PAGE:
What are Our Real Aims in Life by Mother Teresa?
Most of us aim to achieve love, joy and peace in our life. So how do we do that?
i) For Love
Mother Teresa says: “Love, in order to survive, must be nourished by sacrifices, especially the sacrifice of self.” (A Life for God, 135)
“Whatever our religion, we know that if we really want to love, we must learn to forgive before anything else.” (One heart full of love, 113)
“We must make our homes centers of compassion and forgive endlessly.” (“A Gift for God”, 18)
“It is easy to smile at people outside your own home. It is so easy to take care of the people that you don’t know well. It is difficult to be thoughtful and kind and to smile and be loving to your own in the house day after day, especially when we are tired and in a bad temper or bad mood. We all have these moments and that is the time that Christ comes to us in distressing disguise.” (The Joy in Loving, 65)
ii) For Joy
Mother Teresa says, “Joy is not simply a matter of temperament. In the service of God and souls, it is always hard to be joyful–—all the more reason why we should try to acquire it and make it grow in our hearts. (A Life for God, 72)
Father Henri Nouwen says, “The joy that compassion brings is one of the best-kept secrets of humanity. It is the secret known to only a very few people, a secret that has to be rediscovered over and over again.” (Here and Now, 102)
iii) For Peace
Mother Teresa says:
“The fruit of silence is PRAYER
The fruit of prayer is FAITH
The fruit of faith is LOVE
The fruit of love is SERVICE
The fruit of service is PEACE” (A Simple Path, xxxvii)
What do all these spiritual writings say to me? What is God telling me? What is this service that is being advocated? Our understanding of service is usually very limited. Normally we think of service to help the poor only. But service should also include service to family and others.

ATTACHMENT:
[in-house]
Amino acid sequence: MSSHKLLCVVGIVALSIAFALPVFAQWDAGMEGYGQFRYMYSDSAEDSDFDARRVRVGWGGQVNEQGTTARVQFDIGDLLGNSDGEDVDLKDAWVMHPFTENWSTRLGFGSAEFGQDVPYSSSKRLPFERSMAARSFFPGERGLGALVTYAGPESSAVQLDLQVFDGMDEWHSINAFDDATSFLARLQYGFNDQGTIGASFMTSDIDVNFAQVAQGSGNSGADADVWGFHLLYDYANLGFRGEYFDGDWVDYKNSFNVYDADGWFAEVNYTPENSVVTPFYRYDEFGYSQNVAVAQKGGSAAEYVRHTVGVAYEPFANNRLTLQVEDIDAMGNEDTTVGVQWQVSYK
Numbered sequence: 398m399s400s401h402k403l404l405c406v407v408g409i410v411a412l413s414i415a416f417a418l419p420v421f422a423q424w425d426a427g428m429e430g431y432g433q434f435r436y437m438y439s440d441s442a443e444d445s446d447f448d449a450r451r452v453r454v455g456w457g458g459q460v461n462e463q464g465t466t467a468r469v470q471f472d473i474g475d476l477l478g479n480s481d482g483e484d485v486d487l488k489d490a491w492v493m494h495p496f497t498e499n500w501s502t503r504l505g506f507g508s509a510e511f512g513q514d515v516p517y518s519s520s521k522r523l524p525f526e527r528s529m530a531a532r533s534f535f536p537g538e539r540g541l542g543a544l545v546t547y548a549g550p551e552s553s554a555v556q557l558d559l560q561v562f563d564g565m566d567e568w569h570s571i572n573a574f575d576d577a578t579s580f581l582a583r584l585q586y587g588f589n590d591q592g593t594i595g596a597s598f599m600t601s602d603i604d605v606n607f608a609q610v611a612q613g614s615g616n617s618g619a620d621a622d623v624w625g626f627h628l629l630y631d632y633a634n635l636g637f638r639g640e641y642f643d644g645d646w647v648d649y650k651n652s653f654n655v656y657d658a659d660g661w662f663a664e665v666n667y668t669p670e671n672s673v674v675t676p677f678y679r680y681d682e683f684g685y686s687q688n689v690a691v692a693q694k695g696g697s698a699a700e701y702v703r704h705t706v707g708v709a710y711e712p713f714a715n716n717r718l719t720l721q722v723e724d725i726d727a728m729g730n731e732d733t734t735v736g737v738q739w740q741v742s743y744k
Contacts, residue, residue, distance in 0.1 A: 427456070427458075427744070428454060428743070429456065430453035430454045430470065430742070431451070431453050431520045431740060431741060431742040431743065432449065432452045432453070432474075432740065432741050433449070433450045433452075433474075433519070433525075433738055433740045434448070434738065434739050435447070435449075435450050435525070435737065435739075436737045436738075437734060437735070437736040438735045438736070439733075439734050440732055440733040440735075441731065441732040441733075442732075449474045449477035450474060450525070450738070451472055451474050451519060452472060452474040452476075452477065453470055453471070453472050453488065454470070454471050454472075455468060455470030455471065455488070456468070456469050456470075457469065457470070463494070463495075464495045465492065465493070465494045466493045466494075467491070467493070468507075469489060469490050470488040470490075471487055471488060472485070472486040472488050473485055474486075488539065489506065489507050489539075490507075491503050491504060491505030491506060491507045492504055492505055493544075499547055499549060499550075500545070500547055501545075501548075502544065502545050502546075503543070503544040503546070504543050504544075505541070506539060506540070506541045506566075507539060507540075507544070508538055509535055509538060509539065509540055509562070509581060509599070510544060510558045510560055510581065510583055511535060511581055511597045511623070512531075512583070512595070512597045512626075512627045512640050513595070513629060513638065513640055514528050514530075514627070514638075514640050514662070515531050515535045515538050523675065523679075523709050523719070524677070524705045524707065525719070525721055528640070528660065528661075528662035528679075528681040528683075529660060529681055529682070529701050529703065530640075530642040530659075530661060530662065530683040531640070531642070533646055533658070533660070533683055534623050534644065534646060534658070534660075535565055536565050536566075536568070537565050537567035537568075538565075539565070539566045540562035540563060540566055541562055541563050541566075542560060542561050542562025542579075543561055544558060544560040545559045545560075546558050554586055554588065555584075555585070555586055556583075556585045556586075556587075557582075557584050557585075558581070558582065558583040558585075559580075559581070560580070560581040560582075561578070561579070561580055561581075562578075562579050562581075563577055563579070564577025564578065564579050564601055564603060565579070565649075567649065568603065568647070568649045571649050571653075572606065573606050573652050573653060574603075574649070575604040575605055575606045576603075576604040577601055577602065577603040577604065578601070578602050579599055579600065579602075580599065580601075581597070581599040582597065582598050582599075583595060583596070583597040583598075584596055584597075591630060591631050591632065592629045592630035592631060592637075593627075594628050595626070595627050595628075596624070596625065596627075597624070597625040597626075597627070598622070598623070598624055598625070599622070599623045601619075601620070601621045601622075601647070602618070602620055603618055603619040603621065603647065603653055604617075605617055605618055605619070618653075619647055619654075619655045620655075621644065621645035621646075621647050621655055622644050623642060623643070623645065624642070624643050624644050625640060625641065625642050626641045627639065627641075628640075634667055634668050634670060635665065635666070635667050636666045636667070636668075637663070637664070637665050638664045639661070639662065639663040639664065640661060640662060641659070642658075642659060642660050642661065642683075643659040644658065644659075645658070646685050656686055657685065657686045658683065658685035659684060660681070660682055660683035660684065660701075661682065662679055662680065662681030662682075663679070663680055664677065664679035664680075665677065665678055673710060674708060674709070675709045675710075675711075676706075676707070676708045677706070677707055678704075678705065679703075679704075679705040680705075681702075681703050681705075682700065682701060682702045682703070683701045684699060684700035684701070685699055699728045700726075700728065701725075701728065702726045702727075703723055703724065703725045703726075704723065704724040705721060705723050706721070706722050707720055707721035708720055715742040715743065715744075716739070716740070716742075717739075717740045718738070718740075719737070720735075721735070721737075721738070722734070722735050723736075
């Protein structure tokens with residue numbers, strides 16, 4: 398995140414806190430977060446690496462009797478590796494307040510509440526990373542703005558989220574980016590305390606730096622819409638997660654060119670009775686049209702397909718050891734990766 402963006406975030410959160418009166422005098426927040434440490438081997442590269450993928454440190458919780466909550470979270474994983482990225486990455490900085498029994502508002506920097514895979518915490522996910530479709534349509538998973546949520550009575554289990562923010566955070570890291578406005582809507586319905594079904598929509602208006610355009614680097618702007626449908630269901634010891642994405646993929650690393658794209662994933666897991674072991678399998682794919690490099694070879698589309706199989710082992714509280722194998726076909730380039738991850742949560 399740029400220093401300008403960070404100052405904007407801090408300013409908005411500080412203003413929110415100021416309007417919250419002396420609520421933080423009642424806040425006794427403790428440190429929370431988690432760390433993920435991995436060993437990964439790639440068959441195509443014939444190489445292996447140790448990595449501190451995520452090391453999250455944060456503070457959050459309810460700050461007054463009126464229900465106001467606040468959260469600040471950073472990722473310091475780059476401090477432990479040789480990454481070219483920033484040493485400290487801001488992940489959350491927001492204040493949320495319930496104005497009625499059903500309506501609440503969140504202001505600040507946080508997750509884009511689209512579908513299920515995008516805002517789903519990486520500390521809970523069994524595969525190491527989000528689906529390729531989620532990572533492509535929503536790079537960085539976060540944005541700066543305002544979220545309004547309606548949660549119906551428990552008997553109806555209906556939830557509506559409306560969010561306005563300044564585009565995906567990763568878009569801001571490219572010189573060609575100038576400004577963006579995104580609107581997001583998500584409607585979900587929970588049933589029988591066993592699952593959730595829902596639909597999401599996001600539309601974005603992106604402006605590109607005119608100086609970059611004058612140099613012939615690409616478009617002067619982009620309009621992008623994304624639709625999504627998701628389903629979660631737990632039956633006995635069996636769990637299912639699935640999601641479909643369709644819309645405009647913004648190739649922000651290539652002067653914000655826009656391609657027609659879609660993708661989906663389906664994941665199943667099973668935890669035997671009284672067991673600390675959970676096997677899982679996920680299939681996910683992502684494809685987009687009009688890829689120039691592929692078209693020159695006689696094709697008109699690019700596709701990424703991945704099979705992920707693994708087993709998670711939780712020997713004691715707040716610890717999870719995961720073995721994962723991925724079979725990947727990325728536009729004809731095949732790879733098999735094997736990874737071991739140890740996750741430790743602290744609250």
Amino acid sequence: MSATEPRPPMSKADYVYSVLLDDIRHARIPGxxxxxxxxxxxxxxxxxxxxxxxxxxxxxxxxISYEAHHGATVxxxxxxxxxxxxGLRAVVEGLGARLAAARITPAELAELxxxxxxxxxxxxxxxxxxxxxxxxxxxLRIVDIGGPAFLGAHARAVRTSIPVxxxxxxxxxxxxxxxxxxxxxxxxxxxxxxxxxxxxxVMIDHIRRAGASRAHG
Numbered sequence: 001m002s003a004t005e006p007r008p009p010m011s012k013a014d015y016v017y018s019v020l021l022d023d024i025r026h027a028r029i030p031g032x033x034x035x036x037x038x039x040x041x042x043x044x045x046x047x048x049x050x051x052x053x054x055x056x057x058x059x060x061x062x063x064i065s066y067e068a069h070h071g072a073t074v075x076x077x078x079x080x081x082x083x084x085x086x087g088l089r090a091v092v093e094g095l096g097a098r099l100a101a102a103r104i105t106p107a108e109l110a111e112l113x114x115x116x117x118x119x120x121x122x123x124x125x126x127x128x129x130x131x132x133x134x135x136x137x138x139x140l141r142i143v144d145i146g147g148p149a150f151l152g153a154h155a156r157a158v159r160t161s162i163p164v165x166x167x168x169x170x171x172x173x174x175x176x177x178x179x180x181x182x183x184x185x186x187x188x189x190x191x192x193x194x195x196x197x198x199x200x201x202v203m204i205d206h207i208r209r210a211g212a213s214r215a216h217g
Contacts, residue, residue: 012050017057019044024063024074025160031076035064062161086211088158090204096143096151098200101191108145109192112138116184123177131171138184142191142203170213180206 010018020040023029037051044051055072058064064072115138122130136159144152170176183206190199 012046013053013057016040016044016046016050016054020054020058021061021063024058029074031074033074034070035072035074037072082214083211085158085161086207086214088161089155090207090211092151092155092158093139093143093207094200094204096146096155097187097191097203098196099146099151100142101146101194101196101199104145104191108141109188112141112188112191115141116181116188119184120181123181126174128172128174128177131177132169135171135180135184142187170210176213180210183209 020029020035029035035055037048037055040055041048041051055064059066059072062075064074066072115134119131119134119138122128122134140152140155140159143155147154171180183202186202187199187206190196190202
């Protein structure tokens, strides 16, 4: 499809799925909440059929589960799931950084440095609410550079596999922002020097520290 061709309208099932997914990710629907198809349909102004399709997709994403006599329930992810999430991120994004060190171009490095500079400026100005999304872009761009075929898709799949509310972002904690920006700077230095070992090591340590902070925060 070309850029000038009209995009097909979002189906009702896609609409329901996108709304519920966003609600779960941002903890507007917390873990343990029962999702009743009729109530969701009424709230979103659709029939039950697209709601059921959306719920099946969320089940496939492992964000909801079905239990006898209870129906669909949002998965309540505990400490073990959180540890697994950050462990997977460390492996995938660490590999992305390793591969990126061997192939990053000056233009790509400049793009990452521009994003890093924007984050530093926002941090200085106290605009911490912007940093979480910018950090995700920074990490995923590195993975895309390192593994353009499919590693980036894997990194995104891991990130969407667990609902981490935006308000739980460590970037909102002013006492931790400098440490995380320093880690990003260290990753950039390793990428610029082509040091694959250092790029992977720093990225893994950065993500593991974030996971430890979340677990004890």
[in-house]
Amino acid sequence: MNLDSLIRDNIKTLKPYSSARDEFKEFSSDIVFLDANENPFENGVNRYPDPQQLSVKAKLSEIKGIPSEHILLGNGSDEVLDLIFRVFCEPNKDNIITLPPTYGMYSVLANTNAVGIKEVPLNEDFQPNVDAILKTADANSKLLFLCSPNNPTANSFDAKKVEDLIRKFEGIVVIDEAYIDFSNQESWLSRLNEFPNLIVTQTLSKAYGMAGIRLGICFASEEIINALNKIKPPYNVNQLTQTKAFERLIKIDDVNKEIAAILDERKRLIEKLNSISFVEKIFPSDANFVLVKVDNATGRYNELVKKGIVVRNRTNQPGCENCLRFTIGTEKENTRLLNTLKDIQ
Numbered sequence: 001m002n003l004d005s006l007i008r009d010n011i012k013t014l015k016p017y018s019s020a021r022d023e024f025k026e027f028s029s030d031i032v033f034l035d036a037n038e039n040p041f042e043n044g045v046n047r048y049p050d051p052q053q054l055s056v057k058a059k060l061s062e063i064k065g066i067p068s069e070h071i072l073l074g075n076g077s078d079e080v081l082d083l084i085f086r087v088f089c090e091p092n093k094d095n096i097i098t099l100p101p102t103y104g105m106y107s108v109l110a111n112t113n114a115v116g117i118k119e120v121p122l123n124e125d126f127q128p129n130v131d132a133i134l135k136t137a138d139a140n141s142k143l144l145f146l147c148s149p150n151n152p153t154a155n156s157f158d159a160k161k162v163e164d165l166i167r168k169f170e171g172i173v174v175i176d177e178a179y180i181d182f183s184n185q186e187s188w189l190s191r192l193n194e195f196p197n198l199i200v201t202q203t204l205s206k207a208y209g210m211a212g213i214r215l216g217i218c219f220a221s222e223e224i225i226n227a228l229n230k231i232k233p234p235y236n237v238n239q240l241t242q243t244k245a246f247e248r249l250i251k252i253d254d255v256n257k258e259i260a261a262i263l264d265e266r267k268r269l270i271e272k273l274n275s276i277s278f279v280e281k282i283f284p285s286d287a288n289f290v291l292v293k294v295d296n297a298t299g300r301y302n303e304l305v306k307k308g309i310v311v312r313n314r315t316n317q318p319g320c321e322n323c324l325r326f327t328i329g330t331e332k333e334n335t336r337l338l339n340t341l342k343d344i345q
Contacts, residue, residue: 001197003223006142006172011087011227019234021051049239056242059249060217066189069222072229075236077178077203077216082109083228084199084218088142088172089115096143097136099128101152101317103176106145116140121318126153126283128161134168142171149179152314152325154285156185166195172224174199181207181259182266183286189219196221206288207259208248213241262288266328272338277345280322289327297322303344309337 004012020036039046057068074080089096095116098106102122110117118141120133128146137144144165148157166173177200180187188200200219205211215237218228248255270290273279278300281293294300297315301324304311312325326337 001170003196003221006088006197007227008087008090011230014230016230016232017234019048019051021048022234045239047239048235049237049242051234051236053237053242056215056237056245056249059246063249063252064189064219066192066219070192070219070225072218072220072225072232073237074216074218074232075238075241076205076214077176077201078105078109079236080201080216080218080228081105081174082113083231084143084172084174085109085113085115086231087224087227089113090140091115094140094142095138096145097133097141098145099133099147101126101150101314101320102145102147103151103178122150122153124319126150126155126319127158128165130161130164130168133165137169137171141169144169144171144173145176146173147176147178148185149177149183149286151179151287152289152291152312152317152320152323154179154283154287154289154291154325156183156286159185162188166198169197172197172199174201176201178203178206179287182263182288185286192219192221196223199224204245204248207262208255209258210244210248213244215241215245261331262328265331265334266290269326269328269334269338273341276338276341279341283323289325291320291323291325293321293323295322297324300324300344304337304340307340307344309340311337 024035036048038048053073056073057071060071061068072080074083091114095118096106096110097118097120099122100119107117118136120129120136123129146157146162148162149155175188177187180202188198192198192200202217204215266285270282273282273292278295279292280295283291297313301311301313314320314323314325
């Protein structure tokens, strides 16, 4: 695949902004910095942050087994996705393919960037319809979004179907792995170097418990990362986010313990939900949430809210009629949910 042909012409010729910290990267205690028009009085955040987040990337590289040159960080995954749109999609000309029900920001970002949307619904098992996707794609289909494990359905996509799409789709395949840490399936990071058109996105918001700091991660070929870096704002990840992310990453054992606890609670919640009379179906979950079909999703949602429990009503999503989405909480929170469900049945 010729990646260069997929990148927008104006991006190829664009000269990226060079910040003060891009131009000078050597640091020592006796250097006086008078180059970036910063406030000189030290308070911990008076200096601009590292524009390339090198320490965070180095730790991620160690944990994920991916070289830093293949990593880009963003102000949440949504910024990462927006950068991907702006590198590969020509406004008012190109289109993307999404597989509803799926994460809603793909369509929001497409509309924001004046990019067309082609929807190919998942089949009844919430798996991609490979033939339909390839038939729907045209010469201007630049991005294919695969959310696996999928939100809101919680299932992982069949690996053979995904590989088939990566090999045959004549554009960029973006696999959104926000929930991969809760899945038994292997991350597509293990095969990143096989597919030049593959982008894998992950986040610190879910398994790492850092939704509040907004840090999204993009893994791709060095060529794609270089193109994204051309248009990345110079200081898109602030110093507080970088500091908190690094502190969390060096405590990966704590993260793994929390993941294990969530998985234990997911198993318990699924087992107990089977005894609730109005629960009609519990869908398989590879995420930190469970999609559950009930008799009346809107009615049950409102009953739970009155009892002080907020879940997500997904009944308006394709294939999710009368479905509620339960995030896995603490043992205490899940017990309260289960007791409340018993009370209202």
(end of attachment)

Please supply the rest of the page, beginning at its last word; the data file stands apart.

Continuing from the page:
See how Mother Teresa explains about services:
“When you are cooking, washing clothes, working hard in the office, do all with joy. That will be your love for God in action!” (A Life for God, 205)
“In your family, if it is your vocation to have a family, love one another as husband and wife and have a family. The service you perform and the work you accomplish are your love for God put into practice.” (One Heart Full of Love, 43)
“If in the work you have difficulties and you accept them with joy, with a big smile—–in this, as in any other good thing—–they will see your good works and glorify the Father.” (A Life for God, 73)
If I believe what Mother Teresa says about the fruit of service is the path to peace then it means that in whatever work I do or whatever service I perform, at home or in the office, I do my best and do it out of love for God and with joy and a big smile. As a result, I will myself to perform all my services or work with “patience, kindness, goodness, faithfulness, gentleness and self-control.” (Galatians 5:22-23 NJB)
For example: Doesn’t this service mean being patient in allowing, accommodating and accepting the other person’s ideas, values, personalities and mannerisms?Shouldn’tIhave self-control over my tongue instead of criticising my children with how many times must I tell you so?Shouldn’t I be kind to my children especially when they fail?Doesn’t this service mean that we have to be kind and keep quiet even when we know that we have been unfairly accused or blamed? Shouldn’t I be kind to pass over his offences towards me? Don’t I have to show my faith in my children by perpetually encouraging them even when they fail many times? Shouldn’t I take the time and effort to heal the wounds of division? Shouldn’t I be the first to apologise, forgive and reconcile? Don’t I have to be good and excuse his intentional insensitivity towards me? When I am insulted shouldn’t I be gentle and answer back with kind words?
Who can do all these? If we are to do it with our own effort, we will be doomed to failure, even with a lifetime of effort. But with God’s help nothing is impossible becauseGod gives us the Holy Spirit to generate and nurture this spiritual fruit in us (see above Galatians 5:22-23 NJB). When we focus on this fruit, the Holy Spirit who dwells in us will slowly in turn transform us, provided we strongly believe in Jesus and constantly abide in Him. This deep faith in Jesus that “with God all things are possible” (Mark 10:27) will make the critical difference for us.